At first it was all physical, our life was not exactly ruled by it but we were lucky we had met each other and fused like one person. We were very much in love, yet I only ever received one Valentine card and few flowers in our long relationship.
When he couldn’t afford the shoes I needed one year, he made me a beautiful “I owe you a pair of shoes” card. Being an artist helped, of course. As life improved many years later I got the holidays in Paris, the silver jewellery and all the joyful things like weekends away. I also got those shoes, of course.
What of now, when we have both slowed down? How is romance kept alive? I think the best thing he does is wash up and clean the bench for me. I hate washing up and we no longer live in houses with dishwashers so the reality is hard work; he does it with love and does it well.
It is romantic talking together. Memories we have shared, stories we tell over and over, act like the glue that keeps us together, the shared experiences bring us closer and makes us happy. We can look back on the ‘passionate’ past and laugh at how it was. We laugh a lot, and have a well-developed sense of humour, that is probably even better than romance.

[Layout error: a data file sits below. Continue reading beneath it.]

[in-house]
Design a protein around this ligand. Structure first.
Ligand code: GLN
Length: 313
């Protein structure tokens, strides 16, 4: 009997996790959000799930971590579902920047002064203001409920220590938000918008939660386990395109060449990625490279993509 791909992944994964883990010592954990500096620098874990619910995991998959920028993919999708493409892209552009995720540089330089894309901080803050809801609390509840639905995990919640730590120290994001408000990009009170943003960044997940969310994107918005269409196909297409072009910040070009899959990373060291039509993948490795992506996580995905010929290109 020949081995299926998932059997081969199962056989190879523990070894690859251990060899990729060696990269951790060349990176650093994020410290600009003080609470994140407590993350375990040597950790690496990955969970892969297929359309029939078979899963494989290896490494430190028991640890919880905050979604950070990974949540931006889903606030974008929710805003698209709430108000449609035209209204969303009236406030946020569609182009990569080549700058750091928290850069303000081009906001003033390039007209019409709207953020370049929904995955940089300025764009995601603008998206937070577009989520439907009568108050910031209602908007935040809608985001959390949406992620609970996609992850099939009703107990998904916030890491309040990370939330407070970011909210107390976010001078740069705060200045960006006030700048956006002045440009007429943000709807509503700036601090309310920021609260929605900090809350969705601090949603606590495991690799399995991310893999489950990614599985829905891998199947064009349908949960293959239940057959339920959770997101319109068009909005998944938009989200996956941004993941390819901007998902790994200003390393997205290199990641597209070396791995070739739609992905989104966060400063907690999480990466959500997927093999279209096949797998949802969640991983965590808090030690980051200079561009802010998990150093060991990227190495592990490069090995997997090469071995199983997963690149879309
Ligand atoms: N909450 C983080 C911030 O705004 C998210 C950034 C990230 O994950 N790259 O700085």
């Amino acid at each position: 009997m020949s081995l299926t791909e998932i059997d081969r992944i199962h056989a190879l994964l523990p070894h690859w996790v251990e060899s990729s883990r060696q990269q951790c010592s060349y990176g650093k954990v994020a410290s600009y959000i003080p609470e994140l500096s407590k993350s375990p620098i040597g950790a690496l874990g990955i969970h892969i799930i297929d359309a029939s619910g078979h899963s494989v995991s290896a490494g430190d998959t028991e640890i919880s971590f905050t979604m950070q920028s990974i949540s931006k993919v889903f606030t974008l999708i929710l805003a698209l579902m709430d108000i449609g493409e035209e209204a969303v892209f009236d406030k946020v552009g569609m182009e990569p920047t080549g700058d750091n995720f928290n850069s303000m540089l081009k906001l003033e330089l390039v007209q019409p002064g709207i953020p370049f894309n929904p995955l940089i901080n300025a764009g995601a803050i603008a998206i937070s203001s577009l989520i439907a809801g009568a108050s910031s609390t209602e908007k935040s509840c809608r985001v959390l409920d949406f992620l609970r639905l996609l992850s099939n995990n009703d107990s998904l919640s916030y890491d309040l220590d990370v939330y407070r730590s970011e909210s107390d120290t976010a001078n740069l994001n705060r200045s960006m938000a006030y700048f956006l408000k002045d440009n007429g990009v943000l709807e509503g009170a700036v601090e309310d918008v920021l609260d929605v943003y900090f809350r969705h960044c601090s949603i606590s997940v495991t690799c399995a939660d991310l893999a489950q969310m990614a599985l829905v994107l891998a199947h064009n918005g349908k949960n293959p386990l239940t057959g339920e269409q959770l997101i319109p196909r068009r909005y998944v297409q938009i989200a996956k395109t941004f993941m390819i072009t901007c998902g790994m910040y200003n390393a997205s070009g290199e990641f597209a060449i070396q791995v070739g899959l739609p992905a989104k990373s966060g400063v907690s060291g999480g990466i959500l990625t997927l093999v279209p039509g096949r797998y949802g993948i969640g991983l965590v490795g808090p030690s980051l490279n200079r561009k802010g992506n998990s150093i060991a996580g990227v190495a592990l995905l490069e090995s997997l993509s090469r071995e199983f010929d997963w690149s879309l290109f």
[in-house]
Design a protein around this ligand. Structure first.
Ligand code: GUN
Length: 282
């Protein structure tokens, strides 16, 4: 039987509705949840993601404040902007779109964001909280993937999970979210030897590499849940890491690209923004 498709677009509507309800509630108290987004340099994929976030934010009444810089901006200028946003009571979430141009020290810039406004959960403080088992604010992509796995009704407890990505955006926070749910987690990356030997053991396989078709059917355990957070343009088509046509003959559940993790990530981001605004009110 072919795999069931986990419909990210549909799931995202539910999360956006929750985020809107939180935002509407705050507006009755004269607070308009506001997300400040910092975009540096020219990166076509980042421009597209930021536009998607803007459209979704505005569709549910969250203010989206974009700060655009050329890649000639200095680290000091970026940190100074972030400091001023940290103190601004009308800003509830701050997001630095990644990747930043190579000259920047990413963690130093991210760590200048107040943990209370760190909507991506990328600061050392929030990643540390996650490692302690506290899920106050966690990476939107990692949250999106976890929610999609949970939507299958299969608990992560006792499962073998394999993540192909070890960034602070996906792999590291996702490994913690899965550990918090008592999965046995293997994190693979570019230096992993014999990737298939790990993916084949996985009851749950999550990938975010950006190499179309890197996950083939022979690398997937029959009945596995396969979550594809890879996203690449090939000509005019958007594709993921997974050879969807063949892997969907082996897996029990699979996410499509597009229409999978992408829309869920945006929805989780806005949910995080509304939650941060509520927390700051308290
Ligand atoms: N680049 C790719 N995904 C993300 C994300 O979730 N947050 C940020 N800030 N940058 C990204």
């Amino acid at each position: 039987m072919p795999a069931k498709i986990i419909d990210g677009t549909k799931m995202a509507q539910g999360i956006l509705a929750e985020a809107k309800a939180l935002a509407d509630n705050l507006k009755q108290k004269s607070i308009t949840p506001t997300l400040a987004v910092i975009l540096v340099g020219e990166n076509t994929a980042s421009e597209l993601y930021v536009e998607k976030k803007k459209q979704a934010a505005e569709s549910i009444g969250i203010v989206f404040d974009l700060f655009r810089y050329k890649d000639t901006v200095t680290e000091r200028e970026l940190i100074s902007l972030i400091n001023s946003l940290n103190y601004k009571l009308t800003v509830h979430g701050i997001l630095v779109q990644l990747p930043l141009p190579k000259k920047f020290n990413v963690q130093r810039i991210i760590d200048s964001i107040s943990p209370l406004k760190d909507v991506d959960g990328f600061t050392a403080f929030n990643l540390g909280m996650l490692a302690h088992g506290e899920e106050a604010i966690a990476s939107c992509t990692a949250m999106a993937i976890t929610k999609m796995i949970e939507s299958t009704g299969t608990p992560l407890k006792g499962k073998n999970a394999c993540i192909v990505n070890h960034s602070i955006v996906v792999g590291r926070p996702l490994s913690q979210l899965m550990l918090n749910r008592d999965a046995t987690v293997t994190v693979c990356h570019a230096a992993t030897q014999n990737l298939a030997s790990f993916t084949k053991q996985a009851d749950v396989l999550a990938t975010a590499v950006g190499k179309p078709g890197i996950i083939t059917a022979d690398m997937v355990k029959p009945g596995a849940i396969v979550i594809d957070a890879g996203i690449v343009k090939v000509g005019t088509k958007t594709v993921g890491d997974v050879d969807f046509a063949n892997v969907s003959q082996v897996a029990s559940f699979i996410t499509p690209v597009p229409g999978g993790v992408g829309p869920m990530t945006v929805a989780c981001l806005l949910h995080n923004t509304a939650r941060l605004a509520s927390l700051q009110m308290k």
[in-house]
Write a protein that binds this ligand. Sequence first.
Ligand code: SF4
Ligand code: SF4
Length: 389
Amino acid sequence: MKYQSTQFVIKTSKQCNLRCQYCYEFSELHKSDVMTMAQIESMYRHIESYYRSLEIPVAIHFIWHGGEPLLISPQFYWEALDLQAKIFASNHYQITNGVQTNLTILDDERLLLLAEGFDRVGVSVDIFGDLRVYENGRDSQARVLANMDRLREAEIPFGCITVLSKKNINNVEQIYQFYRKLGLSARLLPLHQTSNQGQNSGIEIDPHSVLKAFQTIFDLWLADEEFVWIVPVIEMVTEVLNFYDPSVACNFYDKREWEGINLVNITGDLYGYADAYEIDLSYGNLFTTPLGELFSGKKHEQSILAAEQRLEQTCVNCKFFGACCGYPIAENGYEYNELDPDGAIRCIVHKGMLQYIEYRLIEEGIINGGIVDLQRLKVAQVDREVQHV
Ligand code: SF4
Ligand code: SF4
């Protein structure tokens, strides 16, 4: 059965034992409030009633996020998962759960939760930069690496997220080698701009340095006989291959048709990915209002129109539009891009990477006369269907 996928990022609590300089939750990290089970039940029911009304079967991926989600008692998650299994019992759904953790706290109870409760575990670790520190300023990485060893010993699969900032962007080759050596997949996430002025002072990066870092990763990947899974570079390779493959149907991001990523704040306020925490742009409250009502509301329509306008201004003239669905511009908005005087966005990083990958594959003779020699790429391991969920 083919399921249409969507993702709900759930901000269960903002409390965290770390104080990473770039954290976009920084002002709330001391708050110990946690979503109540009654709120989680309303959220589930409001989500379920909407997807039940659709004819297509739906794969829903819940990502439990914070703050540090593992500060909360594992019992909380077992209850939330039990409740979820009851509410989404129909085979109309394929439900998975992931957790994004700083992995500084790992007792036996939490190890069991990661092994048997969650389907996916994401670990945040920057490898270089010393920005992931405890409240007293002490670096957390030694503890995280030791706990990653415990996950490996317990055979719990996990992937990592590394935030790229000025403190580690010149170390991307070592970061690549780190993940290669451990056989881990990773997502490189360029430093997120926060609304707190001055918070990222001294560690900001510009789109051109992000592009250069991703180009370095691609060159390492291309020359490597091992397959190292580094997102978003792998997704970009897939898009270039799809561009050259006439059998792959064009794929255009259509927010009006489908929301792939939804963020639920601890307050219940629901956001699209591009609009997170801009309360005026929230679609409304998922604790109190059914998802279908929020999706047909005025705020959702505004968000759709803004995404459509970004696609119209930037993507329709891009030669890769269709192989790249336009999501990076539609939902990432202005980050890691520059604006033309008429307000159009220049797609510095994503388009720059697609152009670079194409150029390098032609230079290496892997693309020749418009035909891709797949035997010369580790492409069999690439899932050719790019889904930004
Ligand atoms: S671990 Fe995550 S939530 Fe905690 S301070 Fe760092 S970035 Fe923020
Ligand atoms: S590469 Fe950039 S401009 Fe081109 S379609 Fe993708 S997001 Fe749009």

We take it in turns making drinks for each other; I sometimes make tea in the morning, but always make a supper drink. He makes the best fresh coffee ever! Such very simple things we do for each other, yet they help us to feel loved. I compliment him if he looks good, as he still needs to know I care about how he looks.
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There is romance when my husband brings out a photo, a glamour shot, taken of me in Victorian underwear, and I feel sort of embarrassed but also very happy, it is romantic that he still thinks I was gorgeous once. (Although it was 30-odd years ago.) The companionship, is probably not a romantic sounding way to live, it sounds so boring. Yet that is the real joy; coffee on the verandah, talking nonsense to the cats, walking to the local pub for a meal with friends, going to Melbourne on the train, he makes sure I have the right ticket, checks we have our senior cards, silly little details, but it shows he cares. That he has our best interest at heart. I feel very lucky, I guess I keep the romance in my way too, I like to look good, I hate looking dowdy, so my appearance is important. For his sake and mine.
I make interesting meals and like to make the table pretty for special events. The formal dinners are few and far between, yet I love pulling the stops out when it is called for. With caring for each other, trying to look good, laughing and telling old stories we keep the romance alive.
The odd hug and hand holding are just icing on the cake, and after more than 59 years it’s the way I want it to remain. We have lived through the wild days when the music was loud and the loving was too. Now I am happy in this gentle backwater, with our memories and each other.
How do you keep the romance alive in your relationship? What memories do you have?
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